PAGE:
• Ear protection: According to OSHA Standard 1910.95 on occupational noise exposure, if someone is exposed to an average noise level of 85dB for eight hours or more, they must wear adequate hearing protection. Therefore, welders should wear ear plugs or welding ear muffs.
  • Heat, fire and radiation protection: Welders need to wear flame-resistant clothing or outerwear, without cuffs or pockets, that covers their entire body, including legs and arms.
  • Electrocution protection: Besides other PPE recommendations, welders should wear insulated and non-conductive clothing to protect themselves from electric shock.
  • Respiratory protection: OSHA Standard 1910.134 outlines respiratory protection requirements and highlights the importance of fume extraction systems, welder respirators and the required types and standards.

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3. Work Area Preparation

A cluttered workspace can lead to injuries on duty from welders tripping and falling — or worse, welding fires and explosions. Welding sparks can travel several feet, so keeping the workspace free of any potentially flammable substances or materials is vital. Ensure only the necessary tools and equipment are out while everything else is packed away.

Welders should also make sure their work areas are clean before working. This step is crucial and can help prevent welders from slipping, keep equipment and materials cleaner, allow welders to avoid contaminated welds and reduce potential fire hazards.

Additionally, welders should make a practice of taking in their surroundings and identifying all relevant equipment locations and potential hazards. Welding equipment should be adequately secured where possible to avoid accidental movement. Knowing where everything is and what the potential dangers are allows a welder to work more productively, organize the work area better and make safety-related decisions.

Finally, before working, welders should ensure ventilation systems are operating and there is sufficient airflow. It’s also crucial to be aware of any drafts or wind, which can carry sparks further than expected and be a fire hazard.

4. Fire Safety Measures

The welding process produces several heat sources that can easily ignite flammable materials. These heat sources include:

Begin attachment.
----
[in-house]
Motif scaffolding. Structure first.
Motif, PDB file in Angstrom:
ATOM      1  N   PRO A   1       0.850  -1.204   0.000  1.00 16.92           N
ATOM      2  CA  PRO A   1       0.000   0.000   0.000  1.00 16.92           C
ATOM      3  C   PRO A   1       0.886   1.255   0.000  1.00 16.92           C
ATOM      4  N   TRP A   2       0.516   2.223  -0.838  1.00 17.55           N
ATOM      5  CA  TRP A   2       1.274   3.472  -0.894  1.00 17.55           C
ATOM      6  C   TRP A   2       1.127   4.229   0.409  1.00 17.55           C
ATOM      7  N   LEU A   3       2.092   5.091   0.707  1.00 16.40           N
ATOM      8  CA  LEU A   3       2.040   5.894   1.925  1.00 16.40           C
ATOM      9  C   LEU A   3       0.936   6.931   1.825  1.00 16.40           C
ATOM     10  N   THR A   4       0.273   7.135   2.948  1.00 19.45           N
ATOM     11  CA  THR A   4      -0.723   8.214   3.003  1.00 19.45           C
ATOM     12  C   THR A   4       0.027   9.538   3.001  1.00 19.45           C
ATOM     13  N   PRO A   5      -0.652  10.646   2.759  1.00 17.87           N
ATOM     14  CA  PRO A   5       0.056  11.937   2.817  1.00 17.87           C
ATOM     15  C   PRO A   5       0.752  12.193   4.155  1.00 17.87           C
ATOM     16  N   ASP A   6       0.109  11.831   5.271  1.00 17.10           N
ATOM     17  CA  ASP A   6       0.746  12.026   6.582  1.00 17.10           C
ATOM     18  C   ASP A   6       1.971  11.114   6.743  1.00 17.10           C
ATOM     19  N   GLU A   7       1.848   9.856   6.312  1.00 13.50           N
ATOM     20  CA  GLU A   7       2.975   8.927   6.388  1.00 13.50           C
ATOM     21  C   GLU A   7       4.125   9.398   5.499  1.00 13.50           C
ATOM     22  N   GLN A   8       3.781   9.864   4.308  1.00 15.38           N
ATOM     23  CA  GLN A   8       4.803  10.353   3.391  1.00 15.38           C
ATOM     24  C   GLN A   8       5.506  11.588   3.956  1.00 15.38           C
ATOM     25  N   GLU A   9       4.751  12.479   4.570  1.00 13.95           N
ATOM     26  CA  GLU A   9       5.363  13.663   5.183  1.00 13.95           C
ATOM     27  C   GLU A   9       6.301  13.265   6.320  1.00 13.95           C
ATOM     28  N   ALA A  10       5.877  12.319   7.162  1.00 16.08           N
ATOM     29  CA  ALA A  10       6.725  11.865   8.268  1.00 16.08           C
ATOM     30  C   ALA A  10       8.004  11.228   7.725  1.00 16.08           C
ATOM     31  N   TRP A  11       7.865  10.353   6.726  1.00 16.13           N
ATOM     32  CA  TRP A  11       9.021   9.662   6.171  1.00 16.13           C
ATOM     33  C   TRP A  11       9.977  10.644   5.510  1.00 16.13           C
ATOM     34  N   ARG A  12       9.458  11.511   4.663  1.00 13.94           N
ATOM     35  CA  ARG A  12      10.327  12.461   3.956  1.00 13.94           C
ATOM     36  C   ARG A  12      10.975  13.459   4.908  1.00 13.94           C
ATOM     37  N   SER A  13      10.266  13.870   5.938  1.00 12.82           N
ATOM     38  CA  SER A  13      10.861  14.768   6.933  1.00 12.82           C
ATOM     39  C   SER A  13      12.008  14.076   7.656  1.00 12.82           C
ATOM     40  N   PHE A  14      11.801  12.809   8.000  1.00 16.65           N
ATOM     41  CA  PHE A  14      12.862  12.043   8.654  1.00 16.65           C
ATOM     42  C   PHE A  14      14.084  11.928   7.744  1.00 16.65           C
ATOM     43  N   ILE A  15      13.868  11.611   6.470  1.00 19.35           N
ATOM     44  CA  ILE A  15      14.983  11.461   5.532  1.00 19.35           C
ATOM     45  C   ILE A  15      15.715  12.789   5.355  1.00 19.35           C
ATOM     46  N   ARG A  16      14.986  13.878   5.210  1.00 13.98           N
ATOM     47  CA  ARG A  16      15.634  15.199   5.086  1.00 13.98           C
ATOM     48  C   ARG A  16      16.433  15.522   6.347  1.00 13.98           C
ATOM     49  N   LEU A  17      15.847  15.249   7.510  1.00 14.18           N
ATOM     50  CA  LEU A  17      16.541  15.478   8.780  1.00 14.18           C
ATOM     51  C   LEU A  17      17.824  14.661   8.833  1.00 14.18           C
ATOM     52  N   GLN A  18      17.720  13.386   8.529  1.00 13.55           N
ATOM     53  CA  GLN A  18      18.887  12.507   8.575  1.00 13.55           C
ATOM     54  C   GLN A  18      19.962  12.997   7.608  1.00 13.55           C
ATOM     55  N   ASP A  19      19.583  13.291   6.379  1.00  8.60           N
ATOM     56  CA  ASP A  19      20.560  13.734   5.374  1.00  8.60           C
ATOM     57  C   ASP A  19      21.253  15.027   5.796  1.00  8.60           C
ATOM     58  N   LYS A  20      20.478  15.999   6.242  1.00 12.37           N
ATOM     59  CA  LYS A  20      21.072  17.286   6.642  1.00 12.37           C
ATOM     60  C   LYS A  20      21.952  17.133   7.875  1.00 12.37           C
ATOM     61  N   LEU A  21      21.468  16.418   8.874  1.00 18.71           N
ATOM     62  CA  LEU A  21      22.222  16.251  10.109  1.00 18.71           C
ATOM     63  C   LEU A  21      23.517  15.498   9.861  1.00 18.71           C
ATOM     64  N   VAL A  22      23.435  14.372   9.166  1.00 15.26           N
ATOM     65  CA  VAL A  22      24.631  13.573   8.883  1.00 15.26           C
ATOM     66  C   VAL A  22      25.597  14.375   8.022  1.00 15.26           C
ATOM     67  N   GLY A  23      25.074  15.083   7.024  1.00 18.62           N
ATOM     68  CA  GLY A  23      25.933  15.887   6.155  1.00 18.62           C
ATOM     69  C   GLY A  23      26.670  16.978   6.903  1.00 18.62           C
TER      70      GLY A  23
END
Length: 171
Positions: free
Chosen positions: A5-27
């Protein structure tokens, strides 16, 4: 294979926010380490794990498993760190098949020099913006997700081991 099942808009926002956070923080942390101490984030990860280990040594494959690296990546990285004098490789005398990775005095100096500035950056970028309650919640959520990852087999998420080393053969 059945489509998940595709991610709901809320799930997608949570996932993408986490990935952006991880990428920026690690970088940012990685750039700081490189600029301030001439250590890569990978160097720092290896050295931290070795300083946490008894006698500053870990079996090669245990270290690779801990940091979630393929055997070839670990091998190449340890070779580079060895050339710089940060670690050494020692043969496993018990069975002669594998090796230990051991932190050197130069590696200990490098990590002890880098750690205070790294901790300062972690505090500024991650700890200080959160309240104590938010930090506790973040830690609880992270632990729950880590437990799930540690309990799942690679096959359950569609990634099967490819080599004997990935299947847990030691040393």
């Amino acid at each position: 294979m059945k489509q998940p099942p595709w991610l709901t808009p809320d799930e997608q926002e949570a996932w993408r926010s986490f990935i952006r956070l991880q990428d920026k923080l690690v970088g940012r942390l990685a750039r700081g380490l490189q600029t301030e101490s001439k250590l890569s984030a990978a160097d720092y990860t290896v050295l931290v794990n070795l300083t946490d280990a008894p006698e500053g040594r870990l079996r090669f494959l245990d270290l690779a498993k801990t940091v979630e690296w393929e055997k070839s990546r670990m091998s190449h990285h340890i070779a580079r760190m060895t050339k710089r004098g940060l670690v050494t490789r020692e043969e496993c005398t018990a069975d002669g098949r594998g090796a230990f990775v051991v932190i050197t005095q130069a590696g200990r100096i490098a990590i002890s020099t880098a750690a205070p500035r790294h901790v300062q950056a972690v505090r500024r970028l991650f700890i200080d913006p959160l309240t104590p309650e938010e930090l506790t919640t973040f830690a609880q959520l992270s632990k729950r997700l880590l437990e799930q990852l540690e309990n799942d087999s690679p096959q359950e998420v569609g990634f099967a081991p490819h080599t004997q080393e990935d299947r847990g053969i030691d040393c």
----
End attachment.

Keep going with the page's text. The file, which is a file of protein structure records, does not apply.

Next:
• Torch flames
  • Sparks
  • Spatter
  • Hot slag 

Clearing the work area of any flammable materials is one of the welding best practices. Before beginning work, welders should take inventory of their environments and note the locations of fire protection as outlined in OSHA Standard 1910 Subpart L, which includes:

  • Fire extinguishers
  • Sand buckets
  • Fire blankets
  • Emergency exits
  • Fire alarms

Another OSHA welding safety component is understanding and following fire emergency procedures, as outlined in OSHA Standard 1910 Subpart E. It’s imperative that welders are aware of and trained in the company or premises’ emergency procedures before welding work commences.

5. Electrical Safety

There are two types of electrocution that may occur during welding:

  1. Primary voltage shock: This shock usually delivers between 220 and 480 volts but can be as high as 600 volts. It occurs when a welder touches any part of the energized welder, including the welding or electrode circuit.
  2. Secondary voltage shock: This is a more common form of shock and delivers between 20 and 100 volts, which is typically less severe but can still lead to death in certain instances. This occurs when a welder touches a part of either the welding or electrode circuit with one body part while another makes contact with a piece of grounded metal — usually the metal they’re welding.

Welders should always take specific measures to alleviate and eliminate all potential electrical risks, including:

  • Receiving training
  • Wearing properly insulated PPE
  • Keeping everything dry
  • Inspecting equipment
  • Maintaining equipment
  • Maintaining insulation
  • Properly grounding welding equipment
  • Using ground-fault circuit interrupters
  • Following manufacturer-instructions

6. Hazardous Materials and Substances

The primary hazardous materials and substances that welders store and use are two-part and three-part welding mixtures made up of a combination of gases. If compressed canisters are not managed appropriately, they pose significant risks. Apart from fire and explosion risk, gas cylinders can also become projectiles if mishandled or damaged.

Therefore, companies and welders should safely handle and store flammable gases and liquids. Several detailed requirements and guidelines for hazardous materials are listed in OSHA Standard 1910 Subpart H and are worth consulting. In general, these are some welding safety tips and best practices that are in line with OSHA welding safety: